Why don't we consider violence against women and girls terrorism?

[D]espite heightened awareness and push back, violence against women and girls remains a global threat: half of humanity should be female, but 117 million women and girls are “missing” (dead) due to discrimination, systemic injustice, and a lack of human rights under patriarchy. That’s more deaths than World War I and World War II combined, according to the United Nations Population Fund.
Despite the progress made by the global feminist movement, attitudes are slow to change, violence and discrimination against women and girls continues, and legislation supporting the rights of women and girls remains contested and under threat.
It is perhaps due to advancements in women’s rights in recent decades that we are seeing an increasing culture of violence against and sexualization of females in popular culture, ranging from pop music to video games to social media to advertising. Today, women are told that being a sex object is empowering by the media as well as by liberal feminists. Indeed, accepting the objectification and pornification of the female body is treated as a necessary and progressive part of a modern, liberal society.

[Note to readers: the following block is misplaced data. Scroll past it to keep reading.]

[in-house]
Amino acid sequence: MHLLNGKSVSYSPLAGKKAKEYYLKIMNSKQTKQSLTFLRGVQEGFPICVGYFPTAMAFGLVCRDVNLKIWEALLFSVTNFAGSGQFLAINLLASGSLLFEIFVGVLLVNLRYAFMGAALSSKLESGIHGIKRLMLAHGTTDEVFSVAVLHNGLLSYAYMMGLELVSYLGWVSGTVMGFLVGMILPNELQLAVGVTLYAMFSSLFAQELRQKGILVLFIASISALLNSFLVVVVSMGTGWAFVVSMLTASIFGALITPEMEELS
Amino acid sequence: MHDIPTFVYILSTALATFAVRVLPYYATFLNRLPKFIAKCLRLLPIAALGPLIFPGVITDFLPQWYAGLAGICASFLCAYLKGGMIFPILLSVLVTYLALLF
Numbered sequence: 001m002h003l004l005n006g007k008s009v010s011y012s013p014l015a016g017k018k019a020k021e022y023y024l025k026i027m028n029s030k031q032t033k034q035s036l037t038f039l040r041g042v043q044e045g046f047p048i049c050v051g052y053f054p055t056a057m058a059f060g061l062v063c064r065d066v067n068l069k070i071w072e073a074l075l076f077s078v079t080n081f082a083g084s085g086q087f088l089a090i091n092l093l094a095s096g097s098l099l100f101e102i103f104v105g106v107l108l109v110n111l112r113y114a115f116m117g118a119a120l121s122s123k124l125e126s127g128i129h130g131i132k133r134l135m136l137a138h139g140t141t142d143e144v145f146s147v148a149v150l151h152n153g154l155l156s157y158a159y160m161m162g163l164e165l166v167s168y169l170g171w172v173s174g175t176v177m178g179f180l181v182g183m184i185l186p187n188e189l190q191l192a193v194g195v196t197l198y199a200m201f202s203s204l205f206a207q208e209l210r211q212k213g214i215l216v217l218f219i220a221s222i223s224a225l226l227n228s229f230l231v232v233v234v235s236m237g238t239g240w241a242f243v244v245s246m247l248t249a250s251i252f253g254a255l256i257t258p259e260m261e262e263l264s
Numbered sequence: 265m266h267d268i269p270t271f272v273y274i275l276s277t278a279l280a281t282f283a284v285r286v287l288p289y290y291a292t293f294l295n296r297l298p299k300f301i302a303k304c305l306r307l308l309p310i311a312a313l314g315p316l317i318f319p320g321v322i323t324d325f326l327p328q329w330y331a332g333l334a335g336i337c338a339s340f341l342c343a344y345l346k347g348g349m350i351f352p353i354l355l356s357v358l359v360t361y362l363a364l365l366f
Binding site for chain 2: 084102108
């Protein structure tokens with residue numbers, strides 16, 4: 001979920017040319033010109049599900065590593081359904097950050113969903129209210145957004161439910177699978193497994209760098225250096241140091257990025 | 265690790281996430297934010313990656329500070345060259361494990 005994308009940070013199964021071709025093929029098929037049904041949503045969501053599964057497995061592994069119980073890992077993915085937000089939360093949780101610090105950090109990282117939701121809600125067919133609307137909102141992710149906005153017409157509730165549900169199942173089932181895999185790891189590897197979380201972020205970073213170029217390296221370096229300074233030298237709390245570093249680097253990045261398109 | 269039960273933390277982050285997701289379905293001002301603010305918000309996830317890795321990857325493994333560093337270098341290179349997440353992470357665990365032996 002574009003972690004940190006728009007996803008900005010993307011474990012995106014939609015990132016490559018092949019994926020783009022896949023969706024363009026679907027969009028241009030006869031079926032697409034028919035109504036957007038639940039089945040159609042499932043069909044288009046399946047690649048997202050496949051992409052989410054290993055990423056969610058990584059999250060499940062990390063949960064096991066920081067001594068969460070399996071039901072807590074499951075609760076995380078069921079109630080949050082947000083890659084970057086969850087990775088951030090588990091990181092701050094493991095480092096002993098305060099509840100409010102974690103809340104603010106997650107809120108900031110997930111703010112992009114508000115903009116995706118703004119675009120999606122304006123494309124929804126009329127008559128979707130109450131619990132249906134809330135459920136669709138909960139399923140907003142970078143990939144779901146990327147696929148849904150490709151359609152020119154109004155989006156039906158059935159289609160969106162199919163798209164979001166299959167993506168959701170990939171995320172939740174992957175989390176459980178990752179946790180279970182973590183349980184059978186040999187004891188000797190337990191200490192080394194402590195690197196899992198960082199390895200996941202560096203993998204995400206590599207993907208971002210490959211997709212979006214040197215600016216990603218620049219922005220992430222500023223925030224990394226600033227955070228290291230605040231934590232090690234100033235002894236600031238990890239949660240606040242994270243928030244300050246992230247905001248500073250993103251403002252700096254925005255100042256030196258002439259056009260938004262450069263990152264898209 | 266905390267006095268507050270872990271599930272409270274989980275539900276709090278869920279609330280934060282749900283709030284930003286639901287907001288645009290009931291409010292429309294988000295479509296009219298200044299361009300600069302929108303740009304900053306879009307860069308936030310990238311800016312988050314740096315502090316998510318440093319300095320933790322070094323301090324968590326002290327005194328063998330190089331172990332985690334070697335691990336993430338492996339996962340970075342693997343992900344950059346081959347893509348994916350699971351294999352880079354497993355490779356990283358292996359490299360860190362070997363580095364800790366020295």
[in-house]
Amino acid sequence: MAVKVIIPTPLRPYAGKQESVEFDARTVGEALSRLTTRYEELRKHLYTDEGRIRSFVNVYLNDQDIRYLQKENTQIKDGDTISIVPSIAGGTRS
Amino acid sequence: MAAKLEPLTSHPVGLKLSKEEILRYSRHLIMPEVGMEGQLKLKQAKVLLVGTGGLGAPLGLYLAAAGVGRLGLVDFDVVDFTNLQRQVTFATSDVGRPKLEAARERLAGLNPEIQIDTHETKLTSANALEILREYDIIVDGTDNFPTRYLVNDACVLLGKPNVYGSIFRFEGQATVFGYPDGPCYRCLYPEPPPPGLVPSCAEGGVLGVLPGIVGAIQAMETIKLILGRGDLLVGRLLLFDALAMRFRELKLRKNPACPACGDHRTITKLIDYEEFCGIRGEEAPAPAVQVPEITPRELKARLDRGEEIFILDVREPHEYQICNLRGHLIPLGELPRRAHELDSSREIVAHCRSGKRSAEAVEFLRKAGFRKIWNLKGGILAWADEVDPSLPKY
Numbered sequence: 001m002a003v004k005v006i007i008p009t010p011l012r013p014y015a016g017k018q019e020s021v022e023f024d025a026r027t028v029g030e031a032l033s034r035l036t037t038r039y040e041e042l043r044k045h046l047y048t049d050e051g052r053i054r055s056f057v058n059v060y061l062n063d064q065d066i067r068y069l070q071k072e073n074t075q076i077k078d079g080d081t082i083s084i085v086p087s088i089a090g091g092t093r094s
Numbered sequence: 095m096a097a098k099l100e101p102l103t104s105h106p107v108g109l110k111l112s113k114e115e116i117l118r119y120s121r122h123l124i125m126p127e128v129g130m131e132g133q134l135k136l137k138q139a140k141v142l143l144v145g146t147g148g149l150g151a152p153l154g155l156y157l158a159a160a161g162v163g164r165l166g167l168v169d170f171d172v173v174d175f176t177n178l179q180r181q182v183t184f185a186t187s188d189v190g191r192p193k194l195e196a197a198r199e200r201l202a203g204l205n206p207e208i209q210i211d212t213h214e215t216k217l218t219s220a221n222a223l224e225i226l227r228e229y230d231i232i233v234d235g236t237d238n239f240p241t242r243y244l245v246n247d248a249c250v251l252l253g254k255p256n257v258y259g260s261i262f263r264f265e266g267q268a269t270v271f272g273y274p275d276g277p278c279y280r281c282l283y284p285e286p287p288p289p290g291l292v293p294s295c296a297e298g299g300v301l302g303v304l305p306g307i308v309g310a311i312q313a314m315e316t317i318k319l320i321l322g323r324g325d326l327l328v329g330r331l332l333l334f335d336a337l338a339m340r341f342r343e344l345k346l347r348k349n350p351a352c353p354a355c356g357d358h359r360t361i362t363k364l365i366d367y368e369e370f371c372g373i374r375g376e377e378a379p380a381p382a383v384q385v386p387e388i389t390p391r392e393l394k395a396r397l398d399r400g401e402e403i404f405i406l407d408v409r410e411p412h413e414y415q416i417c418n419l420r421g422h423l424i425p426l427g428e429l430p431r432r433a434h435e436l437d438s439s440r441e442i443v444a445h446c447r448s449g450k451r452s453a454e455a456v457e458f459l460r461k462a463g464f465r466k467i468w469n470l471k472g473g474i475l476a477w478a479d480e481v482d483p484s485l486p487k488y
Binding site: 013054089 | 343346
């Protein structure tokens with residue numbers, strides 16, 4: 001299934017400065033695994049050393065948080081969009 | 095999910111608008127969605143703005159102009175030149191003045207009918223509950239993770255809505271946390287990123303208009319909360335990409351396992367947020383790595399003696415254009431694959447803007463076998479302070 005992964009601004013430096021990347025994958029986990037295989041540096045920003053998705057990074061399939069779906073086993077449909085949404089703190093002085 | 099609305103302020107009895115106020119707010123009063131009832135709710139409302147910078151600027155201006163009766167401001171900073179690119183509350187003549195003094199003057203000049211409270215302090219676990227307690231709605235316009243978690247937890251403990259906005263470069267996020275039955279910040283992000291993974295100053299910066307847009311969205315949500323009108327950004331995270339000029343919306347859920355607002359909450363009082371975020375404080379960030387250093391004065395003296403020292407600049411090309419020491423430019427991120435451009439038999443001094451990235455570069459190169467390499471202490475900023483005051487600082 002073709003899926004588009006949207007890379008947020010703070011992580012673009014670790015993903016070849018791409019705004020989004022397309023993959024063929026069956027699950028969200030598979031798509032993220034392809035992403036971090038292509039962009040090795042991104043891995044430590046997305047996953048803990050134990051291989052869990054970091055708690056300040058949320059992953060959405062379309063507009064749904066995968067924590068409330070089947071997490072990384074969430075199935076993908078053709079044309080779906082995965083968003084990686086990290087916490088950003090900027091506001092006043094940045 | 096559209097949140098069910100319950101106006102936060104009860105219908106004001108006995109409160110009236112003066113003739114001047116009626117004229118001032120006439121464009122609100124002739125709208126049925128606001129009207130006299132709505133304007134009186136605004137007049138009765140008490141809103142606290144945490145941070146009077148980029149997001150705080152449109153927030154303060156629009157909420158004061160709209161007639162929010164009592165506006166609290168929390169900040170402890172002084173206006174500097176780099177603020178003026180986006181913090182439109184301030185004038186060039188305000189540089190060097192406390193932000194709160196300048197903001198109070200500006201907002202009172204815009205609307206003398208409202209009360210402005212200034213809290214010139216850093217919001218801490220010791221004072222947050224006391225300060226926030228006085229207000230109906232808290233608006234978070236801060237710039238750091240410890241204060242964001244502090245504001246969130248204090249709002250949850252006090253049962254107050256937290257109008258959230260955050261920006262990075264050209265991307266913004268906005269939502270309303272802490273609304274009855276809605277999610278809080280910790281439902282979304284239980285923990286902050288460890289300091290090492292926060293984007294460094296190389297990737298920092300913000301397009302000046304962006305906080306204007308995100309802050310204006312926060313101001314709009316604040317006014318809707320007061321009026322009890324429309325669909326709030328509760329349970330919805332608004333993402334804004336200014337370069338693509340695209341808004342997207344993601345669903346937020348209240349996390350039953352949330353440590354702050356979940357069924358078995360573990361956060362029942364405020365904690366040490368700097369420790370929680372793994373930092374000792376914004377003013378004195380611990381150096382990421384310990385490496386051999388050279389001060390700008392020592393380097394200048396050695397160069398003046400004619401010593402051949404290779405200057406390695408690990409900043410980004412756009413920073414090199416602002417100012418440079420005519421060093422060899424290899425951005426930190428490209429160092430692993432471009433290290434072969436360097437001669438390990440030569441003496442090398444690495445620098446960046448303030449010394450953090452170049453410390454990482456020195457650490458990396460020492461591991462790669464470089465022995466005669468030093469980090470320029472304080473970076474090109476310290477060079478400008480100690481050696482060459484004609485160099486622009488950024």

In this daily war against women, many women internalize misogyny to the point that they become the accomplices of their executioners. Men may be in charge, but women are often their soldiers.
Despite having no health benefits and, in fact, being

and social acceptance. Girls and women who undergo this practice generally suffer long term physical, psychological, and emotional consequences for the rest of their lives. FGM is not a religious requirement, either — it is not mentioned in the Quor’an, the Bible, or the Torah. Rather,the most common reasons for practising FGM are to control women’s sexuality and their desire, to ensure women cannot engage in “inappropriate” sexual and social behaviour, and to make them valuble candidates for marriage.
Similarly, it’s not uncommon for women participate in honour killing.
in order to survive. During a discussion at the European Commission, the Secretary-General of the Organization for Economic Co-operation and Development (OECD), Mr Angel Gurría, said, according to their research, “one in three women believe that violence against women is justified” [24:45].

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